Like fashion trends, food trends go around in cycles. That’s one reason the topic of diet is so interesting and frustrating, all at the same time.
Right now it seems coconut oil is back in, like a pair of bell bottoms, neon leg warmers, or a curly perm!
Some years back it was reviled as damaging to heart health, and something to be avoided at all costs.
But these days, coconut oil is making a comeback, and many are starting to place it in the ‘health’ food category.
The thing is, it’s high in saturated fat. So, does that mean we should avoid coconut oil, or is there more to it than that?
As you know, the majority of health care professionals and the mainstream media, keep repeating the need to avoid saturated fats, yet despite this advice, the levels of heart disease and obesity are skyrocketing. Something doesn’t add up.
On the other side of the coin, though, a quick Google search reveals coconut oil is being claimed as a cure-all miracle product.
I think it’s clear we need to be cautious, and avoid falling for the hype, on both sides.
What Is Coconut Oil?
Oils and fats can be classified as short-chain fatty acids (SCFAs), medium-chain fatty acids (MCFAs), or long-chain fatty acids (LCFAs).
The majority of fats and oils in our diet are made up of long-chain fatty acids.
It’s true that coconut oil is high in saturated fat. However, it differs from butter, for example, in that it contains medium-chain fatty acids.
There are, in fact, very few dietary sources of medium-chain fats, making coconut oil pretty unique.
These medium-chain fats are absorbed directly by the liver, meaning they provide instant energy, rather than being stored up. As a comparison, butter contains long-chain fatty acids, which are deposited in the fat cells and burn off more slowly than coconut oil.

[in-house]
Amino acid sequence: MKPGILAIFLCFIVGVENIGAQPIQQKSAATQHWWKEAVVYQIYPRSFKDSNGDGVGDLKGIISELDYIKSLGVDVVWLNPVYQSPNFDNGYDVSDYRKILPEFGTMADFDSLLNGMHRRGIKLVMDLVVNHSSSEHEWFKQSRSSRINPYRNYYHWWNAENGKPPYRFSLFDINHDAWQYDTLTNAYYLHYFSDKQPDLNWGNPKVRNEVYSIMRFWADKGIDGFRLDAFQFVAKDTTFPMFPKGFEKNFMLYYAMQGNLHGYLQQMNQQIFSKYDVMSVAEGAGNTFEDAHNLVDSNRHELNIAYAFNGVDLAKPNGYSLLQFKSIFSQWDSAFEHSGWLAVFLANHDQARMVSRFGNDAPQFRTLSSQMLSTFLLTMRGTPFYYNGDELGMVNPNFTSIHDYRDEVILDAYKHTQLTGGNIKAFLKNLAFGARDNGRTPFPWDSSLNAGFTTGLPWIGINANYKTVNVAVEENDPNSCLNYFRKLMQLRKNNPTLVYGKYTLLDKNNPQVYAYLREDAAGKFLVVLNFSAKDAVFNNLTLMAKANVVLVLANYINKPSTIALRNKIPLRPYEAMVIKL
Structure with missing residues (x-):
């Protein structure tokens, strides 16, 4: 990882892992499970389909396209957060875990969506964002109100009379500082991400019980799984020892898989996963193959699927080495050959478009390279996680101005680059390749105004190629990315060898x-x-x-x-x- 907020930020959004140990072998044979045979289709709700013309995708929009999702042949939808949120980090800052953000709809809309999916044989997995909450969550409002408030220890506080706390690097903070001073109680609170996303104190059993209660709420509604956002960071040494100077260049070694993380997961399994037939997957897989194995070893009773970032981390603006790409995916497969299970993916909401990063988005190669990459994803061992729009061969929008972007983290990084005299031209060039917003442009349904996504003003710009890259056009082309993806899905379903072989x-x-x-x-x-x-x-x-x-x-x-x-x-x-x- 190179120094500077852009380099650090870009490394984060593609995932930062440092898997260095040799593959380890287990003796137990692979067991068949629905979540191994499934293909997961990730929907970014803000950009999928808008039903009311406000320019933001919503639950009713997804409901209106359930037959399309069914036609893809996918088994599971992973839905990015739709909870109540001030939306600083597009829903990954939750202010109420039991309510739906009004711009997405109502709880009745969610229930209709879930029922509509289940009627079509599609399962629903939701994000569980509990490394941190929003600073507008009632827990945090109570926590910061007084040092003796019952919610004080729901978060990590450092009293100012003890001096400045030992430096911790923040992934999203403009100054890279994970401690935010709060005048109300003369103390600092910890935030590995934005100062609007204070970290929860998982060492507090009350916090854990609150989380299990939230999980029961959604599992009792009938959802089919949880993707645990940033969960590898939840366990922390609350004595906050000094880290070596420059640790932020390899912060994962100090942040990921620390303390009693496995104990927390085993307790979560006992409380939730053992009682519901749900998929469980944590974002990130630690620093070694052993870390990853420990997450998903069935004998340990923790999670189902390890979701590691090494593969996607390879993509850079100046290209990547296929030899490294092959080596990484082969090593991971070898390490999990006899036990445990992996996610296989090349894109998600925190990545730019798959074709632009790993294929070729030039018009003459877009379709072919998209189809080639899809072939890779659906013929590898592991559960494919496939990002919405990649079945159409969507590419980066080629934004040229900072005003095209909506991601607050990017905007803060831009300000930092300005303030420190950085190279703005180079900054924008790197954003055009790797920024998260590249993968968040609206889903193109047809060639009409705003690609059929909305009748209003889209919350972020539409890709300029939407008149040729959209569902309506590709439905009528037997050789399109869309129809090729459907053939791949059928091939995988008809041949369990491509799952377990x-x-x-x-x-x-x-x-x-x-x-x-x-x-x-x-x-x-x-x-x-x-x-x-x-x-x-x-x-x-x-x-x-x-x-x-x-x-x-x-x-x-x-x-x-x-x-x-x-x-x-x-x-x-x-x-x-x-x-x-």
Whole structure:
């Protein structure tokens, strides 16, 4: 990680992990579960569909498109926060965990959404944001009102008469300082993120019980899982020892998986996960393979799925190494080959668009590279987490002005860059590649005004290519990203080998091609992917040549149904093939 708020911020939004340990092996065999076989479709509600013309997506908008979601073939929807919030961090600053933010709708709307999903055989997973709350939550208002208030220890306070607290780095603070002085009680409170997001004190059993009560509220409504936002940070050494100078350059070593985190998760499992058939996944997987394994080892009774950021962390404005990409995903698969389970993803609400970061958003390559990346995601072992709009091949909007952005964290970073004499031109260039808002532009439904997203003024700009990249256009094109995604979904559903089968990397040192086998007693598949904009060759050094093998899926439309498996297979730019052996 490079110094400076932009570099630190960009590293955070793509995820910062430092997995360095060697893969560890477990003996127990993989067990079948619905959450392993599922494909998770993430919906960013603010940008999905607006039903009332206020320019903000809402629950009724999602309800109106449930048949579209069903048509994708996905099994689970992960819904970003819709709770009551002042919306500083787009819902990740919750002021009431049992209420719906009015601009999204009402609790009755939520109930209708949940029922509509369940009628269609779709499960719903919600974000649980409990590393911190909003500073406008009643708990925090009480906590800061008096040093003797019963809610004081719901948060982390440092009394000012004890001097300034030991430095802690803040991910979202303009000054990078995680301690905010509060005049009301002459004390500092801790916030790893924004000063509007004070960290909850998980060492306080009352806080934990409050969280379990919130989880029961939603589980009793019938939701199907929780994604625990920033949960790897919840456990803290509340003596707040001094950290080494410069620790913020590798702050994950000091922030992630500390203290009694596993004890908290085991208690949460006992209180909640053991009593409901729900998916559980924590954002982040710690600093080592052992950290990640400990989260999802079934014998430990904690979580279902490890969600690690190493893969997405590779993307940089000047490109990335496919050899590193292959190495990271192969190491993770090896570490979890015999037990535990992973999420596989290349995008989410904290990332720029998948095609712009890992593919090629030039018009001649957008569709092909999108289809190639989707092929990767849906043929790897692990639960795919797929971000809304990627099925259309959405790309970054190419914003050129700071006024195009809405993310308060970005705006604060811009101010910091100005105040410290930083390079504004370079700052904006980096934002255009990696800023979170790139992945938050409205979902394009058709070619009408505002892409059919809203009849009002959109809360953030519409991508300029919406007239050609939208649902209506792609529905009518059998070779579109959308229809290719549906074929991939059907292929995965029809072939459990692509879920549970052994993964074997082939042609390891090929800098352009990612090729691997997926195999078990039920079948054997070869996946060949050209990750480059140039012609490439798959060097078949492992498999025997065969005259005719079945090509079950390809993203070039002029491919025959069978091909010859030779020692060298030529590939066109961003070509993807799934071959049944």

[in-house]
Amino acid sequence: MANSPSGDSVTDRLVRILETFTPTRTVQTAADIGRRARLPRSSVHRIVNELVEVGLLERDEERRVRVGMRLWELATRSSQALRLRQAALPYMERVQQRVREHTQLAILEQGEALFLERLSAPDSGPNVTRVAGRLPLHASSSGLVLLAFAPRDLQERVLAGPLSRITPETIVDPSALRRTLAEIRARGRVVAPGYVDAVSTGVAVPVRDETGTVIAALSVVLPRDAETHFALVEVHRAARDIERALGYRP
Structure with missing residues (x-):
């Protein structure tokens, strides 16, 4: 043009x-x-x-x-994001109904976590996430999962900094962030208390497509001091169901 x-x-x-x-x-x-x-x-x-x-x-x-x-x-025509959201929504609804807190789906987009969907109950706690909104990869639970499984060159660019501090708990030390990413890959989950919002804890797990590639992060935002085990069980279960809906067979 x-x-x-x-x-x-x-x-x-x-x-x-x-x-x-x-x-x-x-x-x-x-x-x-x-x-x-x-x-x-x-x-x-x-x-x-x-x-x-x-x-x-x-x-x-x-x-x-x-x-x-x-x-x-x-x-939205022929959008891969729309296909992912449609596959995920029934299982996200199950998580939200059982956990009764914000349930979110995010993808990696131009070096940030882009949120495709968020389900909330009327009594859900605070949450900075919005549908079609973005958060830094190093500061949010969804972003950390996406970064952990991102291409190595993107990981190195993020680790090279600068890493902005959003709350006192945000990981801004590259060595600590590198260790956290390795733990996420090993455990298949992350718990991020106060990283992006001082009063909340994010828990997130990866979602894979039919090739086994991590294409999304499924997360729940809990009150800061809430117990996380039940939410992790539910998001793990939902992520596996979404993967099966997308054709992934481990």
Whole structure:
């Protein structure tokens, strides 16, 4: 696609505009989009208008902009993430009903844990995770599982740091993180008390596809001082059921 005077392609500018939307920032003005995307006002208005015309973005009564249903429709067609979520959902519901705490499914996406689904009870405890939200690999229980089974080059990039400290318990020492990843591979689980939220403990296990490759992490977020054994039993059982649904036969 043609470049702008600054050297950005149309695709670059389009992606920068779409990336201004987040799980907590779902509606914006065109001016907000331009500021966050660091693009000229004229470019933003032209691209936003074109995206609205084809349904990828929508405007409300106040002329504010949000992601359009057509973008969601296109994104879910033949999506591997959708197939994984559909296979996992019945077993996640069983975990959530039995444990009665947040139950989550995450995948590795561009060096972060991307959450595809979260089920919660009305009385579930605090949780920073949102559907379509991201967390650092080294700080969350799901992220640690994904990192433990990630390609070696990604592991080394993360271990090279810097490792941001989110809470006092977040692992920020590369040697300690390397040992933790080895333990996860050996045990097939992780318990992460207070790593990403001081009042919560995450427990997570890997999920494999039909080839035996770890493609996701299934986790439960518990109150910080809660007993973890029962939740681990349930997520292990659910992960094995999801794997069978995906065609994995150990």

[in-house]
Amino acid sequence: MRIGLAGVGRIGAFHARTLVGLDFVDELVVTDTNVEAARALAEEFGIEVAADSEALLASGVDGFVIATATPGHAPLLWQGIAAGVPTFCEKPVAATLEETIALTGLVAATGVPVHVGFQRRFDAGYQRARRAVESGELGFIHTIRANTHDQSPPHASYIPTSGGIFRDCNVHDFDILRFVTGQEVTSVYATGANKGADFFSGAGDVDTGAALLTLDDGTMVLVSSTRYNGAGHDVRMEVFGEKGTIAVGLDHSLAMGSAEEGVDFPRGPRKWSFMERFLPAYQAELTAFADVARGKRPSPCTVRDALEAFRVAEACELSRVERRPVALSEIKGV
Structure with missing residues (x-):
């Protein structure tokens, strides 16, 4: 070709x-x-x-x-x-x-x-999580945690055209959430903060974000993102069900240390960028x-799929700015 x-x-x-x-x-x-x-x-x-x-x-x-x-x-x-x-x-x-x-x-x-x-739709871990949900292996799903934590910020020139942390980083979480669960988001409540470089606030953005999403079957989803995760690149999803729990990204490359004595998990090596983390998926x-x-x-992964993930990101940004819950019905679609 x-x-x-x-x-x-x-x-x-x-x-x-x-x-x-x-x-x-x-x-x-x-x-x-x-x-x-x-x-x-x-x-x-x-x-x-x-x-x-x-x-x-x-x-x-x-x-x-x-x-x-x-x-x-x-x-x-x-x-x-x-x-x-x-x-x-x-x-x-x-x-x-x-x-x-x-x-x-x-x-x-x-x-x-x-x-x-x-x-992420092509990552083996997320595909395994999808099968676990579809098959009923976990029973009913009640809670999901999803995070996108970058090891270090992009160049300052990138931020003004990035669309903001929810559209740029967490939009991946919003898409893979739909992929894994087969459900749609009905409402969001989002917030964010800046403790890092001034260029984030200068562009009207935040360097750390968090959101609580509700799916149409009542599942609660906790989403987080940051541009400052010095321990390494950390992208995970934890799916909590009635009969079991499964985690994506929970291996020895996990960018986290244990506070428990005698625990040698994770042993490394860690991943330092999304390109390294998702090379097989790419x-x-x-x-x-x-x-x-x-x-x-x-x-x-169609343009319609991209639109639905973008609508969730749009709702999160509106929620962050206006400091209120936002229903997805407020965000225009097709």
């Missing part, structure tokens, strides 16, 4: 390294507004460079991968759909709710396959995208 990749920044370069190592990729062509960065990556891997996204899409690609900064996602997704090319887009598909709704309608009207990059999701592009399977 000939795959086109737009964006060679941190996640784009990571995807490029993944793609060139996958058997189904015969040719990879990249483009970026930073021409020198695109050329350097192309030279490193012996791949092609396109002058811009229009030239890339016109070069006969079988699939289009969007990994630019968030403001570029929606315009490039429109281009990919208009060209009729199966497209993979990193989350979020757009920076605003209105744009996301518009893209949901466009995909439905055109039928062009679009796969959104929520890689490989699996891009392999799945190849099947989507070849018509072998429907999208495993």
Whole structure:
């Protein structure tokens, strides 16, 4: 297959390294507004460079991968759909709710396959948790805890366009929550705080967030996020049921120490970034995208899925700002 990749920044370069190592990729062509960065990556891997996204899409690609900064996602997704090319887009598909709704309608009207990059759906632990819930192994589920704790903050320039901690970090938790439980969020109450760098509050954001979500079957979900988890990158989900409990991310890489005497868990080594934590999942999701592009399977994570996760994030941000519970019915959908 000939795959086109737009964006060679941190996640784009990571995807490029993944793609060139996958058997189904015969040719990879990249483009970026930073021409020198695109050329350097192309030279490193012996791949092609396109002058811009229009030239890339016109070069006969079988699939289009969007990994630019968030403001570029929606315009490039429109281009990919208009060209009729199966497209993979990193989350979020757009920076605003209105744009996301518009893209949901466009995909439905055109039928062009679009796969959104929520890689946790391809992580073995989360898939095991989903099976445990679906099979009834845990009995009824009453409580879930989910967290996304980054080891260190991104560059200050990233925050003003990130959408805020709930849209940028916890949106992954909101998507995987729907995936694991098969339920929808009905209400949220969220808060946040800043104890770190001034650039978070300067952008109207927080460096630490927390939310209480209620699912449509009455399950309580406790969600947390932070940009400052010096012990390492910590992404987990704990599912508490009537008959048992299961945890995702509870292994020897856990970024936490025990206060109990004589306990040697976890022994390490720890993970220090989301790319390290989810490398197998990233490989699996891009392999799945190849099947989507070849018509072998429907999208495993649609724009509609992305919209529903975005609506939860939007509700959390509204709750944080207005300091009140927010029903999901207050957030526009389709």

Why Lauric Acid Is Good
Many of coconut oil’s health benefits are attributed to the presence of lauric acid.
Almost 50 percent of the fat found in coconut oil is lauric acid. When it is present in the body, lauric acid is converted into monolaurin, a compound which is thought to have antiviral, antifungal and antibacterial properties.
Interestingly, the only other source of lauric is breast milk, which may explain the reason breastfed babies get fewer infections.
Lauric acid increases levels of good HDL cholesterol, as well as LDL cholesterol, but this is not thought to negatively affect the overall ratio of the two.
So, what does science say about the health benefits of coconut oil?
Is Coconut Oil Healthy: The Research
There’s no doubt coconut oil has received a fare bit of flack in recent years.
Thomas Brenna, professor of nutritional sciences at Cornell University, has extensively reviewed the literature on coconut oil. He suggests one reason for the stigma against coconut oil,
Most of the studies involving coconut oil were done with partially hydrogenated coconut oil, which researchers used because they needed to raise the cholesterol levels of their rabbits in order to collect certain data… Virgin coconut oil, which has not been chemically treated, is a different thing in terms of a health risk perspective. And maybe it isn’t so bad for you after all.
Anything that has been hydrogenated or partially hydrogenated creates trans fats. And, these are extremely bad for our health, and should be avoided.
However, if coconut oil is processed correctly, it does not appear to be damaging to health, as we shall see.
Coconut Oil and Weight Loss
It has been suggested that replacing long-chain fatty acids with medium-chain fatty acids can lead to weight loss, particularly in the abdominal area. One reason for this is because medium-chain fats are burned for energy, rather than being stored up.
So, what does the science say about this?
In one study, researchers found that the medium-chain fats in coconut increased fat burning and calorie expenditure in obese men, and led to reduced fat storage.
When researchers looked at the effect of adding coconut oil to the diet of women with abdominal obesity, they found:
It appears that dietetic supplementation with coconut oil does not cause dyslipidemia (abnormal lipids) and seems to promote a reduction in abdominal obesity.
Another study found that consumption of coconut oil increased both fat burning and calorie expenditure in women.
Researchers have even suggested medium-chain fats may have a potential to prevent obesity by increasing energy expenditure and satiety:
We conclude that MCT (medium-chain fats) increase energy expenditure, may result in faster satiety and facilitate weight control when included in the diet as a replacement for fats containing LCT (long-chain fats).
Coconut Oil and Heart Disease
Because of coconut oil’s high saturated fat content, there has been some concern that it may cause heart disease.